Which leaves the infamous email (here's the original posting in French) which his critics make sound like a wild diatribe but which was in actuality a sober and rather cerebral critique of the politics of a rival ideological faction within French policy circles. In it, Ramadan argued that a specific group of mostly Jewish intellectuals—whom he listed by name, along with his reasons for including them under this rubric—had been inconsistent in supporting the US war in Iraq after having passionately opposed the US on principle in so many other recent conflicts. Seems like pretty tame stuff, especially compared to the noxious "commentary" on Islam that one regularly encounters in the mainstream media these days—the patriotism and/or objectivity of Muslims Americans are routinely questioned in American political life today. In fact, the worst epithet that he used—and only in France can these be considered fighting words—was that these individuals—he did not generalize about all Jews—had been "communal" rather than "universal" in advocating Israel's interests in the conflict.

Ramadan has consistently opposed antisemitism, saving a particularly withering scorn for that occuring in the Muslim community. The charge, frankly, is pretty absurd; I do not agree with Ramadan's analysis, and I think he is treading a fine line with this one statement - but if set against the entirety of his public output, it is plainly daft to accuse Ramadan of anti-Jewish hatred. He denounces it in the email at the centre of the row. Interviewed by the liberal Israeli daily, Ha'aretz, Ramadan said:

"To my regret, anti-Semitic utterances have been heard not only from frustrated and confused young Muslims, but also from certain Muslim intellectuals and imams," he says, "who in every crisis or political backsliding see the hand of the `Jewish lobby.' There is nothing in Islam that gives legitimization to Judeophobia, xenophobia and the rejection of any human being because of his religion or the group to which he belongs. Anti-Semitism has no justification in Islam, the message of which demands respect for the Jewish religion and spirit, which are considered a noble expression of the People of the Book."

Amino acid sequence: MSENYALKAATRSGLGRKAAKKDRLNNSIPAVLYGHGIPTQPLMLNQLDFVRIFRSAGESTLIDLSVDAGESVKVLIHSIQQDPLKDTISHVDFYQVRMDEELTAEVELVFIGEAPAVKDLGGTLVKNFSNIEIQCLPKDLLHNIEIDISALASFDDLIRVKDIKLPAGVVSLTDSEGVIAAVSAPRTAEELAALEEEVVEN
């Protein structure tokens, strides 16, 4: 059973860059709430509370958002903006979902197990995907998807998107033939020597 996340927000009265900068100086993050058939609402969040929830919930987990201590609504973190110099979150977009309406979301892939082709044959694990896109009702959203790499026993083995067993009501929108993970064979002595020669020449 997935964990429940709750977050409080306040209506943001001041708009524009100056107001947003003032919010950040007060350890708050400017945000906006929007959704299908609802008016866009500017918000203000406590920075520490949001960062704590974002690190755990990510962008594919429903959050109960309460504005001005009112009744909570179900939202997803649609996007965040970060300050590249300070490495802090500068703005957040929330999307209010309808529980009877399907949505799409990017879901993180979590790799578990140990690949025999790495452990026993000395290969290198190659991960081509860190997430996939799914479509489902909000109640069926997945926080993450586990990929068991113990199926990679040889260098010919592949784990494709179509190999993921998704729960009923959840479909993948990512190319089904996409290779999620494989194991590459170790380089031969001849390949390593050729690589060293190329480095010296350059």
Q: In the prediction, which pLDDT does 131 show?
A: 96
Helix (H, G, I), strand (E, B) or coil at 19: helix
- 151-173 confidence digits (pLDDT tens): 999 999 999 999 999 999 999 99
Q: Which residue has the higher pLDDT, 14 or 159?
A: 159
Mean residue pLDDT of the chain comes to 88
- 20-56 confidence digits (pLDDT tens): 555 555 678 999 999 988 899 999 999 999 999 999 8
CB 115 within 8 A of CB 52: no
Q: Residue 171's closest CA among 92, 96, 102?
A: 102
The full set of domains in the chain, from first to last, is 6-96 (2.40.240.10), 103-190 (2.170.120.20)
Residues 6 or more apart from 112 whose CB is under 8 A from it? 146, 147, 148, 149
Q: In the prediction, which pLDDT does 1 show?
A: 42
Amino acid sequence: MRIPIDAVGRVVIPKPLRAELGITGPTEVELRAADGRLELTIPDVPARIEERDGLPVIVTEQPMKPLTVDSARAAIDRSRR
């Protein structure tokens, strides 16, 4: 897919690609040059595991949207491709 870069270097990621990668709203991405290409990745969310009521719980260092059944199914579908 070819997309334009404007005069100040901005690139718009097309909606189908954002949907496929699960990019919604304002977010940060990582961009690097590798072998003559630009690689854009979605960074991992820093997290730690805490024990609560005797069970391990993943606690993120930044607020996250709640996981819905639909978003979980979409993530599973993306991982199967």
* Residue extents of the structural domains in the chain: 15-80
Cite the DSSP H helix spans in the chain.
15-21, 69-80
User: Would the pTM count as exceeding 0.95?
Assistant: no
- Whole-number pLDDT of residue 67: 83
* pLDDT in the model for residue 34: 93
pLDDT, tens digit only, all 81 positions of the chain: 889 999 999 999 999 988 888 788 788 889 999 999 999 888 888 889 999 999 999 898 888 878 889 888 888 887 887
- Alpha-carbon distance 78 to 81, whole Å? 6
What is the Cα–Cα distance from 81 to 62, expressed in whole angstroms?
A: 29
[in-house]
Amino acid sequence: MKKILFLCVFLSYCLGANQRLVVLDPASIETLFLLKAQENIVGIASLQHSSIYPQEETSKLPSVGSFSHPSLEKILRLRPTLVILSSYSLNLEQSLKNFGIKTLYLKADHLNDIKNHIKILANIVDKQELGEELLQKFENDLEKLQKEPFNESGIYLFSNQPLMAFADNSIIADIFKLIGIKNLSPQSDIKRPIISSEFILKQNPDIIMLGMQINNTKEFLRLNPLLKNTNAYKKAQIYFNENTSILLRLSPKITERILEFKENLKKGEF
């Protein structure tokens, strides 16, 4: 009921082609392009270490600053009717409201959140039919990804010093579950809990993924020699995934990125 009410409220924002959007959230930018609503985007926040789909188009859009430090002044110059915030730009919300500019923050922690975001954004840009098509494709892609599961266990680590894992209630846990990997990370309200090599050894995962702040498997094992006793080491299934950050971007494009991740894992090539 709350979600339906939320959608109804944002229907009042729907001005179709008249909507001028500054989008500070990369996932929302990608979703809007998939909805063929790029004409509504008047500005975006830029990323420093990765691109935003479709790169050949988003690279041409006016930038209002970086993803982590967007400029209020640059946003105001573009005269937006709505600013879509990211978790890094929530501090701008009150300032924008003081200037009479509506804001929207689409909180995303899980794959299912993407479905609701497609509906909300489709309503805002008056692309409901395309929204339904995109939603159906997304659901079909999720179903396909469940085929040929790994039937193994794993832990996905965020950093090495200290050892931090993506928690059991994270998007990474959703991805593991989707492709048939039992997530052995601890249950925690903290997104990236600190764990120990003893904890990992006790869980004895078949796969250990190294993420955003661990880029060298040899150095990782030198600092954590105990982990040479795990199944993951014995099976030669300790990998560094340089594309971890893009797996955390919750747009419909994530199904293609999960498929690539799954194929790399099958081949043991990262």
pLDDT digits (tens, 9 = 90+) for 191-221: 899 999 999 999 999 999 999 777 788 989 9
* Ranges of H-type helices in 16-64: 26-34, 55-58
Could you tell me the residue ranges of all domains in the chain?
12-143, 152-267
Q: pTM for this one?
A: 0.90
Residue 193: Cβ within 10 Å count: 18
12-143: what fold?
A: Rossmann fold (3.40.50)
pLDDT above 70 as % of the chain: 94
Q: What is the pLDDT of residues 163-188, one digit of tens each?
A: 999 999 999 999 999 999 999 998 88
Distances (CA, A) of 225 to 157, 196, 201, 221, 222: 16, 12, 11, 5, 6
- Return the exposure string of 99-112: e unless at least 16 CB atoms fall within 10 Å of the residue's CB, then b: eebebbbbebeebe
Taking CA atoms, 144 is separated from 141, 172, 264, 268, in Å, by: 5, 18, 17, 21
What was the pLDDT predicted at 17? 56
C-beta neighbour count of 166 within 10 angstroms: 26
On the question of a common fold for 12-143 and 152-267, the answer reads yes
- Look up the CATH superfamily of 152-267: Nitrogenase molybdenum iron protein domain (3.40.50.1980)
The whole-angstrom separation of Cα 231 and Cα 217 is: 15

"Despite what is happening today in Israel and Palestine, despite [Prime Minister Ariel] Sharon's policy, despite the feelings of anger and frustration - those responsible for all the Muslim political and social organizations must open a clear dialogue that distinguishes between criticism of Israel's policy, and anti-Semitic and Judeophobic statements and actions. This is lacking today and this is a great responsibility."

Scrub, too, "antisemitism". We are left with what must be the Department for Homeland Security's trump card: Ramadan's grandad, Hasan el-Banna, founder of the Muslim Brotherhood. Here is Foaud Ajami, "the bigot's favourite native", defending Ramadan's exclusion in the Wall Street Journal (subscription needed):

The genealogy of Tariq Ramadan was fundamental to his ascendancy to power and prominence: Nasab (acquired merit through one's ancestors) is one of the pillars of Arab-Islamic society.

Devastating. The Daily Mail will have a fit.